01/08/2018
Kennedy Baker and Kiraan Chetty
Opinion
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Failing the Vulnerable

This is a re-published YC LIVE' - Young Conservative article. 

The reasoning behind a Bill that will give people the right to "volunteer" for euthanasia or assisted-suicide states that "the motivation behind this Bill is 'compassion'"; a method by which we - as a society - can protect the ‘vulnerable’ from suffering, and forge an autonomy for our ill that they may not have. But, is this really the case? David Seymour’s End of Life Choice Bill makes the case for it, but this article will examine the case against.

It’s easy to convince an individual of a cause, if you are allowed to frame the matter as you please, less so however, if you maintain a disinterested viewpoint. It is, therefore, important that we first define what the terms ‘euthanasia’ and ‘assisted suicide’ mean objectively, as there seem to be several misconceptions.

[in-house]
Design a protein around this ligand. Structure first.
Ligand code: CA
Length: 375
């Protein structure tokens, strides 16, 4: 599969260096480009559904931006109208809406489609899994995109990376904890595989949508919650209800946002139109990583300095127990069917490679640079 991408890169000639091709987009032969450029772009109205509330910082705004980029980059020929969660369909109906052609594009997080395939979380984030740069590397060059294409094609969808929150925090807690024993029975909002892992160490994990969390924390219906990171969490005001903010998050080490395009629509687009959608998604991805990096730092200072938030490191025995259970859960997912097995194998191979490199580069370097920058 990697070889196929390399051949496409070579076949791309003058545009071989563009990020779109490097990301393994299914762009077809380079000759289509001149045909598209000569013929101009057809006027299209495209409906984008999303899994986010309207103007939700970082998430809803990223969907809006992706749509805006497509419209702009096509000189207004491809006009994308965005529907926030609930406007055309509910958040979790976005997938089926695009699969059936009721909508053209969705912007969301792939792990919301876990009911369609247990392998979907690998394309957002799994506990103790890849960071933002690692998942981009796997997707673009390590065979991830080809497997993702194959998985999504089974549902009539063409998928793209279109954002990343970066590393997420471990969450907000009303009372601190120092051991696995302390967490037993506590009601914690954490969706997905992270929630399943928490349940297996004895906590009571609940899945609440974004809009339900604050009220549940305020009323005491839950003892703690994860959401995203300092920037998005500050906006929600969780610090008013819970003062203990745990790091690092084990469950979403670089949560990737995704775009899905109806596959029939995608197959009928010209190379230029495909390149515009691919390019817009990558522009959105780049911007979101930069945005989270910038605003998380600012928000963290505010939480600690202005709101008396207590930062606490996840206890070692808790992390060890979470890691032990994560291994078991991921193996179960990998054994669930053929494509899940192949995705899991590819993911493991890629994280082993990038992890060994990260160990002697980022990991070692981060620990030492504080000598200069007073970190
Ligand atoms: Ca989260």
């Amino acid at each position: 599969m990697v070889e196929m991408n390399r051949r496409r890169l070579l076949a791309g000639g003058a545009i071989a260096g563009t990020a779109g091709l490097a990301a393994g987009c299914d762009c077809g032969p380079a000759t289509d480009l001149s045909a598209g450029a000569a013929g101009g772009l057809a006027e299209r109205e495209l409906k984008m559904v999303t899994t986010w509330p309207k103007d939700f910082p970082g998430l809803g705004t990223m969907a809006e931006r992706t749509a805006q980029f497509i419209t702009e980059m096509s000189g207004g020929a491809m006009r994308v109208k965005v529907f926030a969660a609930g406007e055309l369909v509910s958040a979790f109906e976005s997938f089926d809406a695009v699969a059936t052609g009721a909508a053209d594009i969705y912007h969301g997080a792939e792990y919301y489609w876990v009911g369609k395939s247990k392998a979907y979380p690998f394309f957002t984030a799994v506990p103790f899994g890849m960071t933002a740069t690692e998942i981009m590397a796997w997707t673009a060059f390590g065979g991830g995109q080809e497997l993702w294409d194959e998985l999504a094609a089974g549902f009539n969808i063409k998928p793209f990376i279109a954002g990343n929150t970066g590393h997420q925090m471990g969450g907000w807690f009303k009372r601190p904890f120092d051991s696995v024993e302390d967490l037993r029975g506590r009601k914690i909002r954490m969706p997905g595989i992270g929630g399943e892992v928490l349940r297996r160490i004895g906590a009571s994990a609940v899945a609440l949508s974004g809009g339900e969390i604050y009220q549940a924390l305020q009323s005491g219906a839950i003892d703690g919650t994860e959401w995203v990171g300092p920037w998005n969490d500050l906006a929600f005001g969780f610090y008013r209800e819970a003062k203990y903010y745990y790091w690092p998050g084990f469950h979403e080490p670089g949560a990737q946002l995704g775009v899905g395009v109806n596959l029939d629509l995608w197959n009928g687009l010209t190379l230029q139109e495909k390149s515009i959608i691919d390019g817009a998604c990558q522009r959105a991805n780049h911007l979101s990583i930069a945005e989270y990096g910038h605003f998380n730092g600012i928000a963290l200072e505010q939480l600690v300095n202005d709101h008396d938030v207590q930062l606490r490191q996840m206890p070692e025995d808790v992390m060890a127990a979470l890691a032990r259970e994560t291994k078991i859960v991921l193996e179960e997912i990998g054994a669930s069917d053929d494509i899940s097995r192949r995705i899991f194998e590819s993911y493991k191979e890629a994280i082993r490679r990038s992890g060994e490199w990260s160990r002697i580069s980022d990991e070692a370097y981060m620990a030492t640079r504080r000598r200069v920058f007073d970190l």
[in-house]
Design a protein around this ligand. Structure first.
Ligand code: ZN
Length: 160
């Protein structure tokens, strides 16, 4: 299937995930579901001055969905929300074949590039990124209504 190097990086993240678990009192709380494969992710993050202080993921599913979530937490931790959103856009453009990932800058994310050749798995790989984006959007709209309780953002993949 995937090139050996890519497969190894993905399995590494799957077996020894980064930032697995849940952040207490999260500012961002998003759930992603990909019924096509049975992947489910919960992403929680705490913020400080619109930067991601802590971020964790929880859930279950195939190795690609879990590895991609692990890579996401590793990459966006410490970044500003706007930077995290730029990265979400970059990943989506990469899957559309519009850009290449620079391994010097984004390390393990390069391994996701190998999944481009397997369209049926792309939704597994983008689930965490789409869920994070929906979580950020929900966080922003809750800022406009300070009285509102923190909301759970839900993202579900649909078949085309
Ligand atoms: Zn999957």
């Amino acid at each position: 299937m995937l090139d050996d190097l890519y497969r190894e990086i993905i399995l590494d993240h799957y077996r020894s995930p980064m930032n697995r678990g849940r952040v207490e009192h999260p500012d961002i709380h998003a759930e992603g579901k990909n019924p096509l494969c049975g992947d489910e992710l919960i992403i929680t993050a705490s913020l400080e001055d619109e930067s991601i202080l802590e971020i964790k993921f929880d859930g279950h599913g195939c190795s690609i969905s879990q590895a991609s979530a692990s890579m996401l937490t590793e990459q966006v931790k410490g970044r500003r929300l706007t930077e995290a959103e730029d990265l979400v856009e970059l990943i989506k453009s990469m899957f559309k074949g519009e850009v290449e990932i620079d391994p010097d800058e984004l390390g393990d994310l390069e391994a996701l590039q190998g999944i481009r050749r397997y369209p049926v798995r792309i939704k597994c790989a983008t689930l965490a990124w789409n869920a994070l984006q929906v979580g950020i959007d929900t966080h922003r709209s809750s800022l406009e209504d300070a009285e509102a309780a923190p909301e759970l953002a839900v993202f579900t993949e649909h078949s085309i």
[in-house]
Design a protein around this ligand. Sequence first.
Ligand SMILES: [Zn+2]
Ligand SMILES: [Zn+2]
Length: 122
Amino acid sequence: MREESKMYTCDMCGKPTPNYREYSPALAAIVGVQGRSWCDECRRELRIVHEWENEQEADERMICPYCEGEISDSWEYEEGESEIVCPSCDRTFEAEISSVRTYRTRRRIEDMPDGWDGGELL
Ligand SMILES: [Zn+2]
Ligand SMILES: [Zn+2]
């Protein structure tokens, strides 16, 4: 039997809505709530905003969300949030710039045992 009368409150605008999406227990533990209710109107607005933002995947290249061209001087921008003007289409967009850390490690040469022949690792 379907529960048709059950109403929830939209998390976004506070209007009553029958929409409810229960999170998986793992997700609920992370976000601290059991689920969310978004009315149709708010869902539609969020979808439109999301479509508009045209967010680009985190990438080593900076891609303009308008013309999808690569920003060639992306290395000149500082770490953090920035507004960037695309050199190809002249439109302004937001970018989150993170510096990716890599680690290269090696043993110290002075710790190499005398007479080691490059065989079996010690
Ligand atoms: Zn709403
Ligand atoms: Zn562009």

Euthanasia is not the withdrawal of life support or medicine. Neither is it an increase in morphine or some other pain relief medicine. Euthanasia is a lethal injection that terminates a patient instantly. As defined by the Bill ‘‘administration by a medical practitioner of a lethal dose of medication to a person to relieve his or her suffering by hastening death”.

A distinction is to be made, too, between euthanasia and "assisted suicide". Euthanasia occurs with an injection administered by a Doctor, while, assisted suicide occurs when the patient administers the toxin themselves.

One question to ask yourself is "whose pain are we really concerned about?"